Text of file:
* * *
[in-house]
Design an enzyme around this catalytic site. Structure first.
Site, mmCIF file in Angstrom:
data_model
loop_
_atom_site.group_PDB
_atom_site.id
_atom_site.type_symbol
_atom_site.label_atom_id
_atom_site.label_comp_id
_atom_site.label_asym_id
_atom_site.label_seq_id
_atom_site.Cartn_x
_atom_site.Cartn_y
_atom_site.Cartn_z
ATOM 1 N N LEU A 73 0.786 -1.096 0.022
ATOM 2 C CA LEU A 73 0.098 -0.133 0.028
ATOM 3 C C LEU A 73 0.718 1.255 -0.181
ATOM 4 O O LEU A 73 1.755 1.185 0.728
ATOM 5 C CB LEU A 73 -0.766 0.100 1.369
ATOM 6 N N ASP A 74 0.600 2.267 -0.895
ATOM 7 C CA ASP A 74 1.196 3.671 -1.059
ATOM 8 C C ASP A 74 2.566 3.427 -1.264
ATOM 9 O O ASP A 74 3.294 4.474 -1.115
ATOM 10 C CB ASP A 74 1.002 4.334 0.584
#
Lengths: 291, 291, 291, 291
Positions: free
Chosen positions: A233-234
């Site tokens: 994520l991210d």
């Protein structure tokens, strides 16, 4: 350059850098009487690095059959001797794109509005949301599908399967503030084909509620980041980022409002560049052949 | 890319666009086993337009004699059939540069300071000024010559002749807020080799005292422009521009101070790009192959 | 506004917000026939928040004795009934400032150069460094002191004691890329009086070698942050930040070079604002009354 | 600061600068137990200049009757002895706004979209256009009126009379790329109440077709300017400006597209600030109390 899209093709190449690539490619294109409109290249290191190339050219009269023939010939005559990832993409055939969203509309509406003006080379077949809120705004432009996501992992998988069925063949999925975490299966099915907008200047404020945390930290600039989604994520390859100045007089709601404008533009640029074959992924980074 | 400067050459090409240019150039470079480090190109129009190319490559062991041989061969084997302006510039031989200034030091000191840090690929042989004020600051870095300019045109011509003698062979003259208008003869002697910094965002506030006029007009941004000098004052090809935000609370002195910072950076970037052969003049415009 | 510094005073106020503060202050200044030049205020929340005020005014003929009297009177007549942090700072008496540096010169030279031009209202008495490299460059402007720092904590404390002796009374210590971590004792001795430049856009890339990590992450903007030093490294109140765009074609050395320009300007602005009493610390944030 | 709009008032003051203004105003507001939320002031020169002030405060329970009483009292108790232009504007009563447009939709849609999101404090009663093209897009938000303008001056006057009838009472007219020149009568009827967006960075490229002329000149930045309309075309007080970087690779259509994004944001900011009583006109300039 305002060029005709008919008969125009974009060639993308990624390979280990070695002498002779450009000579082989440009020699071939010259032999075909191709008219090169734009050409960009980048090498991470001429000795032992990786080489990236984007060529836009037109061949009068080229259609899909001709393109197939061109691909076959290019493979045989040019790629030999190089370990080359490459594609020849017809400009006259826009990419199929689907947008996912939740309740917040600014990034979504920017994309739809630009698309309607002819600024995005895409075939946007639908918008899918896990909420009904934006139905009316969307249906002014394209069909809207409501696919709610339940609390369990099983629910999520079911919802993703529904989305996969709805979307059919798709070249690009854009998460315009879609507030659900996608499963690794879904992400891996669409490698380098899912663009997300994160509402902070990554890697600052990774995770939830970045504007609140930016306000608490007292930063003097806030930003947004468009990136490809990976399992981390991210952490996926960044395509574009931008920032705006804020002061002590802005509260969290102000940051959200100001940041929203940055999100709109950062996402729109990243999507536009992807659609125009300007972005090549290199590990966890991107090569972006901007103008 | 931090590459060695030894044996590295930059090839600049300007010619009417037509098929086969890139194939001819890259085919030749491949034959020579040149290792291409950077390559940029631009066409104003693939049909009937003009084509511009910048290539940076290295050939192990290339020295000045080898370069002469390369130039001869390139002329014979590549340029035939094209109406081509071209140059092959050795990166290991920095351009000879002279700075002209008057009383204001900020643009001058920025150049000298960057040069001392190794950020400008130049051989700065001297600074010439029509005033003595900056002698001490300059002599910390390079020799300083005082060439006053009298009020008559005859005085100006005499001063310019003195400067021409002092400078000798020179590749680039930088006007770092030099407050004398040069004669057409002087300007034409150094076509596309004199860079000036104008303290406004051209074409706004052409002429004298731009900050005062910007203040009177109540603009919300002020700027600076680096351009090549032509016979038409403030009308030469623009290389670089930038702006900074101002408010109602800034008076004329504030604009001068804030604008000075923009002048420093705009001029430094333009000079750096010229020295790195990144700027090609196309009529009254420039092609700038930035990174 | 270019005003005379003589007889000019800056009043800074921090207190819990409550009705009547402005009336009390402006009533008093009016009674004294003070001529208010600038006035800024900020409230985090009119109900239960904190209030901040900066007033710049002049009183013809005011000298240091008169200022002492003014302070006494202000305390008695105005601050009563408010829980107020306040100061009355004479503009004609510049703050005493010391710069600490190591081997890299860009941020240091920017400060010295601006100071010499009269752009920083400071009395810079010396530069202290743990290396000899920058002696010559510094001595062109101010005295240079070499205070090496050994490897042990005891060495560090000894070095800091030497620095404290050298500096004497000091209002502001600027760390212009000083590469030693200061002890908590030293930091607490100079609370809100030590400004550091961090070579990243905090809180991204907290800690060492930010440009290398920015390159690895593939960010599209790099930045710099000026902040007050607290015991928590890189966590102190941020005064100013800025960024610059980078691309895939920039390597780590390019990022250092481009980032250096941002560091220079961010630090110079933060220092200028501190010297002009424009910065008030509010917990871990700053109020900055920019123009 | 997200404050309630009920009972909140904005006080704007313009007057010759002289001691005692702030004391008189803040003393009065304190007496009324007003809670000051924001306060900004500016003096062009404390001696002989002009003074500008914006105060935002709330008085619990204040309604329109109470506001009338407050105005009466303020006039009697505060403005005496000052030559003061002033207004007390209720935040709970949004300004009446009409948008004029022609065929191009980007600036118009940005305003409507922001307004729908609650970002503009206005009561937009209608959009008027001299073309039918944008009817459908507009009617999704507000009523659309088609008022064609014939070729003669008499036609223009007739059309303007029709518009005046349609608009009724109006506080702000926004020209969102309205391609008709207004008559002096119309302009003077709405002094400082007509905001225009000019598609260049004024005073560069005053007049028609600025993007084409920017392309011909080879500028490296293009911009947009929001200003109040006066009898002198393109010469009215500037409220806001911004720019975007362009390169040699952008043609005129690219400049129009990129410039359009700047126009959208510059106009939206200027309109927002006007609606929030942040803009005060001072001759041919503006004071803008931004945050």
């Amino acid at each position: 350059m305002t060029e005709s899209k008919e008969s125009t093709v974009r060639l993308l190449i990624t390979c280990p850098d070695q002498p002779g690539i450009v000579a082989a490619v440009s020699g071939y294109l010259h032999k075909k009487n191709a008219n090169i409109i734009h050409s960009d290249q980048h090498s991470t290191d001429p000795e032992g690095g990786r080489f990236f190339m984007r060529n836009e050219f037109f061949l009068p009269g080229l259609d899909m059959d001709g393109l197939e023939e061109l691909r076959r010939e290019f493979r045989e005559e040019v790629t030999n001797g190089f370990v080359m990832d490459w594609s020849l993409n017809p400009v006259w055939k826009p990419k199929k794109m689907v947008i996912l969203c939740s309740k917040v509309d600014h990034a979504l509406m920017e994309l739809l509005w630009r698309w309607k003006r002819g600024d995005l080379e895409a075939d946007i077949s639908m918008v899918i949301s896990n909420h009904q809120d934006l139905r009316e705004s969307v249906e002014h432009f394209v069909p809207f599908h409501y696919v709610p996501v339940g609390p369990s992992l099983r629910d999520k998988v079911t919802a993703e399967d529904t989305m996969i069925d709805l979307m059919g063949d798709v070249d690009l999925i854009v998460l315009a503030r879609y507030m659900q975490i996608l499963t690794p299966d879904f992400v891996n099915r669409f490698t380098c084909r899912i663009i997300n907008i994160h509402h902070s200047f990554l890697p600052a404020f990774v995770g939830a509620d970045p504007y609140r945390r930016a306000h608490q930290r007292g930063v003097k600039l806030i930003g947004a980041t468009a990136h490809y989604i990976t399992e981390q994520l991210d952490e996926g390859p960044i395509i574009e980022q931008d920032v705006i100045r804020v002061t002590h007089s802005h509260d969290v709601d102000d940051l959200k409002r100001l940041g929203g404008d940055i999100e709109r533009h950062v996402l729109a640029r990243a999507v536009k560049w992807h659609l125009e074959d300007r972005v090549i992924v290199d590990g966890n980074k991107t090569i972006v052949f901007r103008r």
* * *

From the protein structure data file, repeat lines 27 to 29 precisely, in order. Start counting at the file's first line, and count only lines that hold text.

Lengths: 291, 291, 291, 291
Positions: free
Chosen positions: A233-234